Coming off a two-day stint of gripping jury duty, I’ve cemented my belief that our culture is too eager to self-diagnose, place blame, and sue anything that may negatively impact our lives, regardless of fault.
Long story, short: Woman A is loading groceries into the trunk of her car. Woman B backs her car into the front of the grocery getter, which slides back and bumps Woman A in the knees. Woman A books $90,000 — maybe two-thirds after her lawyer paid for a few more commercials — and I’m pretty sure that I’ve been kicked harder by untended troublesome toddlers at the children’s museum.
I sat on a jury of peers, taking notes, and wondering how a woman capable of walking around in heels had the audacity to sue another woman and, most notably, her insurance company based on a flimsy knee injury diagnosis. After eight hours of medical jargon, medical consultants (a hired gun at four thousand dollars per day), a timid plaintiff, and stern sparring between an ambulance chaser and an insurer’s company man, I was sent to a room where I and 11 fellow county members fired out dollar amounts in dismissive tones. Meanwhile, we contemplated whether or not we wanted to weigh the facts long enough to score free pizza from a local restaurant. I will be paid $25 for the two days and I have yet to dig out from under the workload, social and professional, that piled up in my absence.
I was excited to be a part of the process. Even sitting amongst a pool of 300 disgruntled individuals who couldn’t fathom how the court had the nerve to summon them at the onset of their workweek, I was ready and willing to serve the court without the typical associated attorney fees or the judicial tongue-lashing regarding the harrowing story of the student who sped. I did not leave with the same excitement.
I tried not to lament about the process. That’s a lie, I couldn’t wait to describe the many flaws I observed to friends and co-workers in search of a collective sigh. After the judge informed the jury that the lawyers may attempt to contact us, I nearly handed out business cards. I would’ve loved a cup of coffee and a trial postmortem. If not for any other reason, I wanted to know why the defense didn’t ask the plaintiff how she managed to walk around in heels after suffering such a horrific accident. After all, according to her testimony, the trips to the zoo with her four kids will never be the same — maybe drop the heels and pick up a K Swiss sneaker for the trip — the insurer will pay for it.
Given my recent time in the jury box, and noted role in further breaking the system, I was disheartened to read Jesse J. Holland’s recent article, “Court Makes it Easier to Sue Businesses.” Just what the doctor ordered — more Band-Aids for our self-inflicted hurt feelings — two days in court and I’m already a John Grisham stereotype (It’s time to kill the firm’s partner in the chamber. Bleachers.)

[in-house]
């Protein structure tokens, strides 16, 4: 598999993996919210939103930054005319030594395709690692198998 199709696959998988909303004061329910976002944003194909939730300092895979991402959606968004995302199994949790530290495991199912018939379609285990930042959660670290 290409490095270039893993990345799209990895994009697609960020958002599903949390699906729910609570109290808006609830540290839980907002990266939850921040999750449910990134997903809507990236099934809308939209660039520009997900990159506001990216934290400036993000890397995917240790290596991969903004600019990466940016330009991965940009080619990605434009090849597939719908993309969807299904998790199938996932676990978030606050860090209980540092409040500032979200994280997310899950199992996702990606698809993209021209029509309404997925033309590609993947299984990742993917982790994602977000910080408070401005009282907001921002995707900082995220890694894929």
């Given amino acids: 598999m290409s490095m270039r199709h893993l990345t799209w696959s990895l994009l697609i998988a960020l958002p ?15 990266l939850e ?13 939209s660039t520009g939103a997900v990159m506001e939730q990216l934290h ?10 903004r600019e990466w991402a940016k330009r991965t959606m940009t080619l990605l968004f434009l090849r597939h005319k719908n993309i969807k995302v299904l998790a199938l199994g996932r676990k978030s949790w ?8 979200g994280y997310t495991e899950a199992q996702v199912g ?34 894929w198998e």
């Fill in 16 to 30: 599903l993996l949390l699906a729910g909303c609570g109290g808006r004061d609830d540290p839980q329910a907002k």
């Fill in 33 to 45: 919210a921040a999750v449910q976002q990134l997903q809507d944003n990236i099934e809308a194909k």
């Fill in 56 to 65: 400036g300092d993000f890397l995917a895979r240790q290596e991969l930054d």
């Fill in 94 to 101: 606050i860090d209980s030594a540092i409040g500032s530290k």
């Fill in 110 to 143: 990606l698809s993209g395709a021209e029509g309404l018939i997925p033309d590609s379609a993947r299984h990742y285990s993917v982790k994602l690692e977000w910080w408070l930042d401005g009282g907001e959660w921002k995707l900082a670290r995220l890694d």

In the first case Holland covers, the Supreme Court ruled that investors had the right to sue a business for withholding damaging information about a product. The case in question revolves around Matrixx Initiatives and the small problem the company ran into when it came to light that Zicam nasal cold remedies stripped some users of their sense of smell. Personally, I can’t believe that anyone would doubt the integrity of an over-the-counter healthcare company; the industry’s record speaks for itself. (Sarcasm noted.)
I find the scenario much more animalistic, and I just want to be sure that the now nose-dead individuals who are suffering a permanent physical ailment have a shot at Matrixx’s wounded carcass before the faceless investors that fronted the inventory capital have an opening. An investment is an inherent gamble made based on a belief that a company’s potential will yield a return. I can’t sue Bally’s when I bet on black, and it comes up red. I still can’t sue if the roulette dealer assures me that the ball would land on black, in which case I would simply be labeled a fool and move on.
The second Supreme Court case seems promising at a time when the rights of the worker are under attack. Kevin Kasten is suing his former employer, Saint-Gobain Performance Plastics, in a retaliation lawsuit after his former employer fired him when he complained about time-clock placement negatively affecting overtime. The company settled with other employees for $1.5 million while stonewalling Kasten because he never wrote a complaint claim to a government agency seeking anti-retaliation protection under the Fair Labor Standards Act.
The court disagreed. Said Justice Stephen Breyer, "Why would Congress want to limit the enforcement scheme's effectiveness by inhibiting use of the Act's complaint procedure by those who would find it difficult to reduce their complaints to writing, particularly illiterate, less educated, or overworked workers?" Score one for the whistle-blower.
The ability to sue is a cultural stopgap in a time when more individuals need to take more responsibility for their actions. Its abuse has also stricken our nation’s faith in the judicial system and become a full-time job for those suckling the sue-crazed teat. In four years, if I have the opportunity again, I’ll approach the situation with much greater fervor. Until then, I’ll write columns to over-compensate for my lapse.
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